Embrace.io Android SDK

Embrace.io Android SDK

Welcome to the Android SDK! Embrace.io helps you monitor the performance and stability of your mobile apps to keep your users happy. We provide unmatched visibility into the experiences of each user and give you the information and insights you need to maximize the performance of your app.

The purpose of this guide is to get you quickly started with the Embrace.io SDK and begin sending data from your app.


Get started

  1. Installing the Embrace.io SDK

  2. Monitoring the performance of your app startup

  3. Identifying your users

  4. Logging messages

  5. Defining additional app moments

  6. Logging network calls

  7. Crashes

  8. Live events

To send additional context and information and get even more out of the Embrace.io dashboard, check out our documentation site https://embrace-io.github.io. (Apologies for the iOS focused docs - we started with the easier platform, even though Android is better!)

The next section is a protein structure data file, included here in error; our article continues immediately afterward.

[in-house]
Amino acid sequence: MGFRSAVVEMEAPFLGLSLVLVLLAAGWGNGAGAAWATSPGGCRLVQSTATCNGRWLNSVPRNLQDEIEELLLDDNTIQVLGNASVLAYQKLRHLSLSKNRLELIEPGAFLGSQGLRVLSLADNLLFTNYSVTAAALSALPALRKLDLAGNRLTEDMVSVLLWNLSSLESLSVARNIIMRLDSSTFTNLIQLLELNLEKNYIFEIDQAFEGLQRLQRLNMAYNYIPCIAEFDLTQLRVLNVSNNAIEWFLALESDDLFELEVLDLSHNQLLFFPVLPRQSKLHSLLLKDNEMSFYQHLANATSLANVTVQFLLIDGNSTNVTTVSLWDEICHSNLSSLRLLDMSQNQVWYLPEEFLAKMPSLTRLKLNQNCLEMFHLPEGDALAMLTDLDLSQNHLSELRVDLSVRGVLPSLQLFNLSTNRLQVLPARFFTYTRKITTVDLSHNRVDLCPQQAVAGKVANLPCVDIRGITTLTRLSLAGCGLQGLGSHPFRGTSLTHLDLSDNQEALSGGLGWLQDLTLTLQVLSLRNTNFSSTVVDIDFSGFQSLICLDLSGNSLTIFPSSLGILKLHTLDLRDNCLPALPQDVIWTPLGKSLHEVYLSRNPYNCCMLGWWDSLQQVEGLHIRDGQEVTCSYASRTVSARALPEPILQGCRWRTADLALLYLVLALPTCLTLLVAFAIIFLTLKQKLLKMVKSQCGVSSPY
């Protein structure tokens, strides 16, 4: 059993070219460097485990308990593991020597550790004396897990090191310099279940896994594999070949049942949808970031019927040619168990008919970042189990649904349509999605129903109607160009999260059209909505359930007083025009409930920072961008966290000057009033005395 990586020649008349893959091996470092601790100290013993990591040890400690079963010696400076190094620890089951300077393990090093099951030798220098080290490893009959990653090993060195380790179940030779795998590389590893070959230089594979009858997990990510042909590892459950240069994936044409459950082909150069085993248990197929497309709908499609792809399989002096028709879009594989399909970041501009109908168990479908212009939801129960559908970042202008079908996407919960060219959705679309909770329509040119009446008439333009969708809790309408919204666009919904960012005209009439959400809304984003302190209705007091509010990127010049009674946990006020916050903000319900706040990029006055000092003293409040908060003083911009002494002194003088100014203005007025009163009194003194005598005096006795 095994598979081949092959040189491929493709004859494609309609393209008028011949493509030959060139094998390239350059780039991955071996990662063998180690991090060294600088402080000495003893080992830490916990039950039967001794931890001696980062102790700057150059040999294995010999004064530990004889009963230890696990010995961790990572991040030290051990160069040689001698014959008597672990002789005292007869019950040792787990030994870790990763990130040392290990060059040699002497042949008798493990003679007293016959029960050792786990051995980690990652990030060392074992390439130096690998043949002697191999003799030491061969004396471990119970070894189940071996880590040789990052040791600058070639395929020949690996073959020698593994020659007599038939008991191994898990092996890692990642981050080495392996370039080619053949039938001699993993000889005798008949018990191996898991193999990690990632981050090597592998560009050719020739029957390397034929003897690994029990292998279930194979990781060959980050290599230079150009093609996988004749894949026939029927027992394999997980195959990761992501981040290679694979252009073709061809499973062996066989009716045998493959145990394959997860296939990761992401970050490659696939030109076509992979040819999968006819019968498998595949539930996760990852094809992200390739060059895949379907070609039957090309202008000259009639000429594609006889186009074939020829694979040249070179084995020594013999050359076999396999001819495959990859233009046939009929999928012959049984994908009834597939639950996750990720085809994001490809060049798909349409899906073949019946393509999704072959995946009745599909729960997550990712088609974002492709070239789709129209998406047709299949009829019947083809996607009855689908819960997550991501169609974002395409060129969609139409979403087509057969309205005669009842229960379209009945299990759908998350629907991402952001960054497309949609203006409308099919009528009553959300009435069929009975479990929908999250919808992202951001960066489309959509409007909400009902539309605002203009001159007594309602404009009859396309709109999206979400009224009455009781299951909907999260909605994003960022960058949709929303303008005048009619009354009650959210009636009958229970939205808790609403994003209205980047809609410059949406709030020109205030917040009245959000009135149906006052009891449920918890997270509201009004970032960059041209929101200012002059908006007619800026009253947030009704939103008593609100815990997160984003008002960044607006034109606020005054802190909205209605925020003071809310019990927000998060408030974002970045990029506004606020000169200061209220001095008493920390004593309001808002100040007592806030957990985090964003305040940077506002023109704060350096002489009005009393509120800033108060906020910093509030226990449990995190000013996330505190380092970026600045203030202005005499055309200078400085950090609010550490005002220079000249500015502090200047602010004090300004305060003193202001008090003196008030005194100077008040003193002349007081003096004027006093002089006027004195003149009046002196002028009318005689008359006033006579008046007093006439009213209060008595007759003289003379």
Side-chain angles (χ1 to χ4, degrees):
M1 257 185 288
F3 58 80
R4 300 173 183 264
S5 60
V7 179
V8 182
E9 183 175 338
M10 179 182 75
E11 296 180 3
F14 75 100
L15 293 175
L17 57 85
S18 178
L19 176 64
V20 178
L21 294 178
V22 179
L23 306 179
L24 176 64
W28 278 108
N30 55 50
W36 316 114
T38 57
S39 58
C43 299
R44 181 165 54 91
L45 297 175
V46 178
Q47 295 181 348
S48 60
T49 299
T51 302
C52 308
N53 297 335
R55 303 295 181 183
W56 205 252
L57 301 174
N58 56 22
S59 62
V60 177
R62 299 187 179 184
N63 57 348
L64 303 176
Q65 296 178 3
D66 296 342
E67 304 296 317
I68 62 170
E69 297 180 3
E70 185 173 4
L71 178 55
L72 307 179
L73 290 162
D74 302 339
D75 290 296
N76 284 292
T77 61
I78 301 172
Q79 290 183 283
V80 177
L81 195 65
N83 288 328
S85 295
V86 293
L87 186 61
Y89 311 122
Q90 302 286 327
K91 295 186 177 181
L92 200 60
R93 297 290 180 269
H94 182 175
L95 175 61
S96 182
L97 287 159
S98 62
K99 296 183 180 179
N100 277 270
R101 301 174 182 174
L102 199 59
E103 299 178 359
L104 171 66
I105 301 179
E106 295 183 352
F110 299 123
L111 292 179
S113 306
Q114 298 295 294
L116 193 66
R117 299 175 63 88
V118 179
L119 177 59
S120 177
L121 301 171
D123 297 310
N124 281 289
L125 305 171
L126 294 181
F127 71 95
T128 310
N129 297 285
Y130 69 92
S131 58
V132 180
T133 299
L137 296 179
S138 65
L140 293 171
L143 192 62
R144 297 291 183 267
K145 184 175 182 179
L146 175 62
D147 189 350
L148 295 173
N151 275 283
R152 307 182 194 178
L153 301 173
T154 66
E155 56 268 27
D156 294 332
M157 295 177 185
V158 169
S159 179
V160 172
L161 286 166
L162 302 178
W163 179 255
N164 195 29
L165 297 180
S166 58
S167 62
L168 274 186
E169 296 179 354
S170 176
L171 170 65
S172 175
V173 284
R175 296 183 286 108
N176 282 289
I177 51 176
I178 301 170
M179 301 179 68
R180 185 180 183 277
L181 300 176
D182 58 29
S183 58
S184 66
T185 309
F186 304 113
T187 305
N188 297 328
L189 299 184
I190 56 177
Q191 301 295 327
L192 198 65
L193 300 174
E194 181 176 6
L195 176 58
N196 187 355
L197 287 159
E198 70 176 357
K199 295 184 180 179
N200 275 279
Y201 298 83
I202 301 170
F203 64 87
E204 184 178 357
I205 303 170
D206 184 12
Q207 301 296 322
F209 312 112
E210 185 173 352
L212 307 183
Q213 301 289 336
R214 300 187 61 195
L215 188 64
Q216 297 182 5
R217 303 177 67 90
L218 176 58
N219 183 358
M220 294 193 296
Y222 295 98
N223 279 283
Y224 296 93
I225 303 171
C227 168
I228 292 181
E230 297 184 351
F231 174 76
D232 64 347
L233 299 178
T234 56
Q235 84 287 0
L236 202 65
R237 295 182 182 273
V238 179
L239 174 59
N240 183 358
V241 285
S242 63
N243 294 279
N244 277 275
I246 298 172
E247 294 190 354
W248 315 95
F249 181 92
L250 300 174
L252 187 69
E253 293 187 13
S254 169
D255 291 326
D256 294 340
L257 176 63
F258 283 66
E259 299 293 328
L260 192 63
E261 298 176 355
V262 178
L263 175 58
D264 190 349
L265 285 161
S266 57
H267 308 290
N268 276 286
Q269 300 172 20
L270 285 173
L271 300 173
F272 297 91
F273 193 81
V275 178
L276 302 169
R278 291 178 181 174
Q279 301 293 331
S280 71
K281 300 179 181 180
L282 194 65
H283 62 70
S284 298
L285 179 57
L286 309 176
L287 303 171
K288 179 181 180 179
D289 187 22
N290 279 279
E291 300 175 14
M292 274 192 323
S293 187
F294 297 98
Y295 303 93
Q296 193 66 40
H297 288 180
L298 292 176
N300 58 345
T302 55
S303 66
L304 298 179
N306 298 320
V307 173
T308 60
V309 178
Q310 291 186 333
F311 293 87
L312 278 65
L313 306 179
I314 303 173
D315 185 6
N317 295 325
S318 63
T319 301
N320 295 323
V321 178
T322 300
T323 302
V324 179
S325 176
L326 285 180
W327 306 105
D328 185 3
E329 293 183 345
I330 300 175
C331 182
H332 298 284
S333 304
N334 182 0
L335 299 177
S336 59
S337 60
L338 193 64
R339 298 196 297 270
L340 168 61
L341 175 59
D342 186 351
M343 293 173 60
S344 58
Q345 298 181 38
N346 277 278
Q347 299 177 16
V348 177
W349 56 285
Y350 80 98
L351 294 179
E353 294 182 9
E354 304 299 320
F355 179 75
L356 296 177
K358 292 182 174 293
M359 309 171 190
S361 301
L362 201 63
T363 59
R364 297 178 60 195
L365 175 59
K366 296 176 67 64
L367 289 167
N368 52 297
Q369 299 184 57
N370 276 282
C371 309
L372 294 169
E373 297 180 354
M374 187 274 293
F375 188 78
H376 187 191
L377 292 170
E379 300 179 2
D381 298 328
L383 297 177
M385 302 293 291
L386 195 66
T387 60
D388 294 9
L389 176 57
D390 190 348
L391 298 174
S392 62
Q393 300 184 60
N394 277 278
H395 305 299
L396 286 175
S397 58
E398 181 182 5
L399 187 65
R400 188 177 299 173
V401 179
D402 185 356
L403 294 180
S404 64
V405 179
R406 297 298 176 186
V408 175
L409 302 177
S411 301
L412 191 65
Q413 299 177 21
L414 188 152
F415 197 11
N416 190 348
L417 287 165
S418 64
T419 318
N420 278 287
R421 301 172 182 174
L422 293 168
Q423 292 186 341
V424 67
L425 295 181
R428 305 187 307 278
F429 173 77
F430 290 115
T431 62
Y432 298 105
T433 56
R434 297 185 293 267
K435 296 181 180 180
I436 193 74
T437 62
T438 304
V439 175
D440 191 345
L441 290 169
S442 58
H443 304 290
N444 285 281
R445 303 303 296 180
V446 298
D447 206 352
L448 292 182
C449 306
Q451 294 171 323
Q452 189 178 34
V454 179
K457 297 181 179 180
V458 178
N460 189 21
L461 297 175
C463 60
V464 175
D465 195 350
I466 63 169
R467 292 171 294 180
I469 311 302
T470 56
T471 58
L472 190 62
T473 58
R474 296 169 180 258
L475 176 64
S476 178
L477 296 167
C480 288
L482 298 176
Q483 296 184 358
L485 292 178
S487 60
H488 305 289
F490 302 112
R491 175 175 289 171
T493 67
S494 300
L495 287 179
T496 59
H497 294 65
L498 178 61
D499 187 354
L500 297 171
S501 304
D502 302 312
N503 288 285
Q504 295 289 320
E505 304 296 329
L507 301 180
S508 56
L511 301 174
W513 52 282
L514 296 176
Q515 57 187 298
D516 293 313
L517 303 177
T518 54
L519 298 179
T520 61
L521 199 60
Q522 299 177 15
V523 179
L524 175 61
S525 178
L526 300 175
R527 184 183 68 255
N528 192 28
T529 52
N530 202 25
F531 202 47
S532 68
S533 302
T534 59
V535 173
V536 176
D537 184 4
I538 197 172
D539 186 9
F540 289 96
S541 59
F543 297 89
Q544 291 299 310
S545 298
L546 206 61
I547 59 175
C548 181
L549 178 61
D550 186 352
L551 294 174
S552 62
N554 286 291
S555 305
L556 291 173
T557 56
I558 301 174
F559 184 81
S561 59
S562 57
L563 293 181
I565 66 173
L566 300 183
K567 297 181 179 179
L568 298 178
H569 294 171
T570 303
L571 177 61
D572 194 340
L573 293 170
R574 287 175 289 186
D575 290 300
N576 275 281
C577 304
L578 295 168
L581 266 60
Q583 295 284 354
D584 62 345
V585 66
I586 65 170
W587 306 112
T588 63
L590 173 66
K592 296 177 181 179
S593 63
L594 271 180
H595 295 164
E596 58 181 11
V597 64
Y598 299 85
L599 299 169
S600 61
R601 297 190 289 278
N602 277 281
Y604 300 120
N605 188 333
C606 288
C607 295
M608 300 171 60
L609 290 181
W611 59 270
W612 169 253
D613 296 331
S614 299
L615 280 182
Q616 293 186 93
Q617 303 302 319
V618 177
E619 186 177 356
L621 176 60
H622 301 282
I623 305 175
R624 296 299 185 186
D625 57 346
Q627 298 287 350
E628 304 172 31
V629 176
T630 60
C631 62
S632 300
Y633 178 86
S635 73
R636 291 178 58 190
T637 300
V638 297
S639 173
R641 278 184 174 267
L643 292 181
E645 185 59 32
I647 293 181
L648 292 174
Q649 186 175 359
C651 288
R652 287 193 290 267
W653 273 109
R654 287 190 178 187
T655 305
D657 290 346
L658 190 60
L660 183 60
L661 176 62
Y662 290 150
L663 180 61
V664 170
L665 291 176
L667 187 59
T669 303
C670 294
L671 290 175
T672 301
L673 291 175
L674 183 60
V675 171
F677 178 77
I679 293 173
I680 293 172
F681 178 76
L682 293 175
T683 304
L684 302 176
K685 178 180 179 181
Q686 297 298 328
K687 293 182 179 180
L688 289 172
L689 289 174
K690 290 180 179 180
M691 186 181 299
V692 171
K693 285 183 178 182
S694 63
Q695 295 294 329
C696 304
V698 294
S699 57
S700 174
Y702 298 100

Have questions? Contact us on Slack ([https://embrace-io-community.slack.com](https://embrace-io-community.slack.com)) or email us at [support@embrace.io](support@embrace.io).

Installing the Embrace.io Android SDK

By now, you should have received a unique API key. If not, please contact us via Slack or email [support@embrace.io](support@embrace.io) and we’ll get you started!

The Android SDK is currently hosted on our public Maven repository on Bintray. A Bintray account is not required to download the SDK. However, the repository must be registered in your `build.gradle` file in order for Gradle to pull all necessary dependencies.

buildscript {
    // Register Embrace.io repository for downloading the SDK plugin.
    repositories {
        maven {
            url "http://embrace-io.bintray.com/mvn-public"
    dependencies {
        classpath 'embrace-io:embrace-swazzler:2.0.5'

apply plugin: 'com.android.application'
apply plugin: 'embrace-swazzler'

repositories {
    // Register Embrace.io repository for downloading library dependencies.
    maven {
        url "http://embrace-io.bintray.com/mvn-public"

In order for your custom Application class to be used, it needs to be registered in the Android manifest. The manifest is also where you will be declaring your Embrace API key. This can be done by making the following changes to your AndroidManifest.xml file.